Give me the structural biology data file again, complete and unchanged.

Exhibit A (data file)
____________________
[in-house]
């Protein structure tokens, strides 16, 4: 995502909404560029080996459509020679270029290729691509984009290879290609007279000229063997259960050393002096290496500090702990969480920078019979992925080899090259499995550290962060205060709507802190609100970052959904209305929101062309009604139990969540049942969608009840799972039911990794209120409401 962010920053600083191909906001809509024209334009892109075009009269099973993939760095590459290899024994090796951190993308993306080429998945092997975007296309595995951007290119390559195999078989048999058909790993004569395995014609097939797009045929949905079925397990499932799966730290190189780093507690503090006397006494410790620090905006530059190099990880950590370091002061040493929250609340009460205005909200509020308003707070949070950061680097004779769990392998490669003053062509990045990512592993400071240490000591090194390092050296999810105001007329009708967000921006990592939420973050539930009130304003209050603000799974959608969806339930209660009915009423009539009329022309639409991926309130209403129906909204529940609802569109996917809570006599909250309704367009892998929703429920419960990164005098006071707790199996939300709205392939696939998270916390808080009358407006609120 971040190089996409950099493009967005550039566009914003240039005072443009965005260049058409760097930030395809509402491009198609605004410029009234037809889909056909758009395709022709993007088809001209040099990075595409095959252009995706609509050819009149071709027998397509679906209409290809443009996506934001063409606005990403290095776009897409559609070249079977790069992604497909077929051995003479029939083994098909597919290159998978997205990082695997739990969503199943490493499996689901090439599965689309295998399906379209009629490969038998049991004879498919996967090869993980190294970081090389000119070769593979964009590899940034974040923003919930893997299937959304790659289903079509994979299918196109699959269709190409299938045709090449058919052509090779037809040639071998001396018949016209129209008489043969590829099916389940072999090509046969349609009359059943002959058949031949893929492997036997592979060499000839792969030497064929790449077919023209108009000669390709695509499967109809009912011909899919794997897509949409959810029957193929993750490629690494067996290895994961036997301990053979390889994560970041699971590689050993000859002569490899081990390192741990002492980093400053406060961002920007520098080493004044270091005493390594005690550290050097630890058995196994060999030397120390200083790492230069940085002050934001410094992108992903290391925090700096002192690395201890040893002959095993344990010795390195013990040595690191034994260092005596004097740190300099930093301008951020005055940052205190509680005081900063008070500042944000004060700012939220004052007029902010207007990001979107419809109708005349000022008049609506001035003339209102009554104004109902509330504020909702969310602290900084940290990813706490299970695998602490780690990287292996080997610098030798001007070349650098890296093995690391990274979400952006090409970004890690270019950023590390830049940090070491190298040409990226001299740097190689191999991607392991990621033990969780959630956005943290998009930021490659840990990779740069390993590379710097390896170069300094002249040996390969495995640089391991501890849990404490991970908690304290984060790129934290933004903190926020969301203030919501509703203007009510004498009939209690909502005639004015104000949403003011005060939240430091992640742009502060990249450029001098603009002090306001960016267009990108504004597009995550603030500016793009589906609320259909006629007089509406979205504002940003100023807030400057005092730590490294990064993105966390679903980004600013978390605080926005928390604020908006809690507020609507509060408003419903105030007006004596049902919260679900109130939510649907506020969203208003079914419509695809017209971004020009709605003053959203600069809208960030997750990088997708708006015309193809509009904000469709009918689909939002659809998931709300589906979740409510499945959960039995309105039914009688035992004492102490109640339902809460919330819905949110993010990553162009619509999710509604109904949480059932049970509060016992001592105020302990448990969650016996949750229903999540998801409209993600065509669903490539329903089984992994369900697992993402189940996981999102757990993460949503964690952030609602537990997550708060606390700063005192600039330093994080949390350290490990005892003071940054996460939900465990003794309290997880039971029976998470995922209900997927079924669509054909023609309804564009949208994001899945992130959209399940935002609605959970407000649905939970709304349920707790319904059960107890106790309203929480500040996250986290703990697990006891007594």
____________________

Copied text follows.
[in-house]
């Protein structure tokens, strides 16, 4: 995502909404560029080996459509020679270029290729691509984009290879290609007279000229063997259960050393002096290496500090702990969480920078019979992925080899090259499995550290962060205060709507802190609100970052959904209305929101062309009604139990969540049942969608009840799972039911990794209120409401 962010920053600083191909906001809509024209334009892109075009009269099973993939760095590459290899024994090796951190993308993306080429998945092997975007296309595995951007290119390559195999078989048999058909790993004569395995014609097939797009045929949905079925397990499932799966730290190189780093507690503090006397006494410790620090905006530059190099990880950590370091002061040493929250609340009460205005909200509020308003707070949070950061680097004779769990392998490669003053062509990045990512592993400071240490000591090194390092050296999810105001007329009708967000921006990592939420973050539930009130304003209050603000799974959608969806339930209660009915009423009539009329022309639409991926309130209403129906909204529940609802569109996917809570006599909250309704367009892998929703429920419960990164005098006071707790199996939300709205392939696939998270916390808080009358407006609120 971040190089996409950099493009967005550039566009914003240039005072443009965005260049058409760097930030395809509402491009198609605004410029009234037809889909056909758009395709022709993007088809001209040099990075595409095959252009995706609509050819009149071709027998397509679906209409290809443009996506934001063409606005990403290095776009897409559609070249079977790069992604497909077929051995003479029939083994098909597919290159998978997205990082695997739990969503199943490493499996689901090439599965689309295998399906379209009629490969038998049991004879498919996967090869993980190294970081090389000119070769593979964009590899940034974040923003919930893997299937959304790659289903079509994979299918196109699959269709190409299938045709090449058919052509090779037809040639071998001396018949016209129209008489043969590829099916389940072999090509046969349609009359059943002959058949031949893929492997036997592979060499000839792969030497064929790449077919023209108009000669390709695509499967109809009912011909899919794997897509949409959810029957193929993750490629690494067996290895994961036997301990053979390889994560970041699971590689050993000859002569490899081990390192741990002492980093400053406060961002920007520098080493004044270091005493390594005690550290050097630890058995196994060999030397120390200083790492230069940085002050934001410094992108992903290391925090700096002192690395201890040893002959095993344990010795390195013990040595690191034994260092005596004097740190300099930093301008951020005055940052205190509680005081900063008070500042944000004060700012939220004052007029902010207007990001979107419809109708005349000022008049609506001035003339209102009554104004109902509330504020909702969310602290900084940290990813706490299970695998602490780690990287292996080997610098030798001007070349650098890296093995690391990274979400952006090409970004890690270019950023590390830049940090070491190298040409990226001299740097190689191999991607392991990621033990969780959630956005943290998009930021490659840990990779740069390993590379710097390896170069300094002249040996390969495995640089391991501890849990404490991970908690304290984060790129934290933004903190926020969301203030919501509703203007009510004498009939209690909502005639004015104000949403003011005060939240430091992640742009502060990249450029001098603009002090306001960016267009990108504004597009995550603030500016793009589906609320259909006629007089509406979205504002940003100023807030400057005092730590490294990064993105966390679903980004600013978390605080926005928390604020908006809690507020609507509060408003419903105030007006004596049902919260679900109130939510649907506020969203208003079914419509695809017209971004020009709605003053959203600069809208960030997750990088997708708006015309193809509009904000469709009918689909939002659809998931709300589906979740409510499945959960039995309105039914009688035992004492102490109640339902809460919330819905949110993010990553162009619509999710509604109904949480059932049970509060016992001592105020302990448990969650016996949750229903999540998801409209993600065509669903490539329903089984992994369900697992993402189940996981999102757990993460949503964690952030609602537990997550708060606390700063005192600039330093994080949390350290490990005892003071940054996460939900465990003794309290997880039971029976998470995922209900997927079924669509054909023609309804564009949208994001899945992130959209399940935002609605959970407000649905939970709304349920707790319904059960107890106790309203929480500040996250986290703990697990006891007594």